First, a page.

A

Phase angle y y

Earth

FIGURE 3.11. The phase angle and phase of Mars.

to the phase angle divided by 180 degrees. The phase angle is a maximum around the quadratures, but the actual value varies somewhat with the position of Mars in its orbit, because of the eccentricity. The maximum value, however, is 47 degrees, and the fraction of the disk in shadow is 47/180; that is, a little more than a fourth. Mars then exhibits a gibbous phase, rather like the Moorl 3 or 4 days before and after its full phase (fig. 3.12). Most of the time, therefore, Mars appears in full or almost full phase. The bright outer rdee of Mnrs for other

Full

Full

FIGURE 3.12. Gibbous and full phases of Mars.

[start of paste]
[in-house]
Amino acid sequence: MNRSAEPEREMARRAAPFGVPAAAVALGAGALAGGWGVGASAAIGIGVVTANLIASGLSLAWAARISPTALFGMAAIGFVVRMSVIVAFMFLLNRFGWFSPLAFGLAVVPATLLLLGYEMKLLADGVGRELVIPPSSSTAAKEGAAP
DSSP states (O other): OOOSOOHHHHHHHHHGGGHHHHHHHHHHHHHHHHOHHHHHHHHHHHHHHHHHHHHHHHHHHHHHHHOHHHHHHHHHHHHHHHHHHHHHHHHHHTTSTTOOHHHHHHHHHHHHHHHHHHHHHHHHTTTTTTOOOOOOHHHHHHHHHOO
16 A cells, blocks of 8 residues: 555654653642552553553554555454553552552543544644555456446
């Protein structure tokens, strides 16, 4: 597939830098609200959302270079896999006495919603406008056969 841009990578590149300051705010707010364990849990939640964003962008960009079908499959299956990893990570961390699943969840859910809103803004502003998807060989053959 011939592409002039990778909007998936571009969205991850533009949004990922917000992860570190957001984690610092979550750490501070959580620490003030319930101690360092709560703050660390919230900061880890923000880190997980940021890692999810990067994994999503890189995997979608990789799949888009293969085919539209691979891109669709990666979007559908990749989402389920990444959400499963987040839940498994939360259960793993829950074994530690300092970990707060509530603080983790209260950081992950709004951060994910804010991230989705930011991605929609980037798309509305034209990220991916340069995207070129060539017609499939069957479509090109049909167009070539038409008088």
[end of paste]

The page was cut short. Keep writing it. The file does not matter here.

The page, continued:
celestial body) as seen against the darkness of space is called the limb. This would be equivalent to the point A in the section in figure 3.11. The edge corresponding to B, that is, the line separating the sunlit and shadowed areas in a gibbous phase, is referred to as the terminator, as indicated in figure 3.13.

Retrograde Motion of Mars

If a planet is observed on several successive nights, it seems to move in a general west-

FIGURE 3.13. The limb and terminator of a celestial body.

to-east direction relative to the constellations of fixed stars. This apparent mode of movement is known as direct motion of the planet and is a consequence of Earth's orbital revolution around the Sun. The fixed stars do not exhibit such apparent motion because they are very much farther away. On certain occasions, which for Mars are invariably 4 or 5 weeks before every opposition, the direction of movement of the planet through the constellations changes direction. The planet then appears to travel from east to west. This retrograde motion, as it is called,

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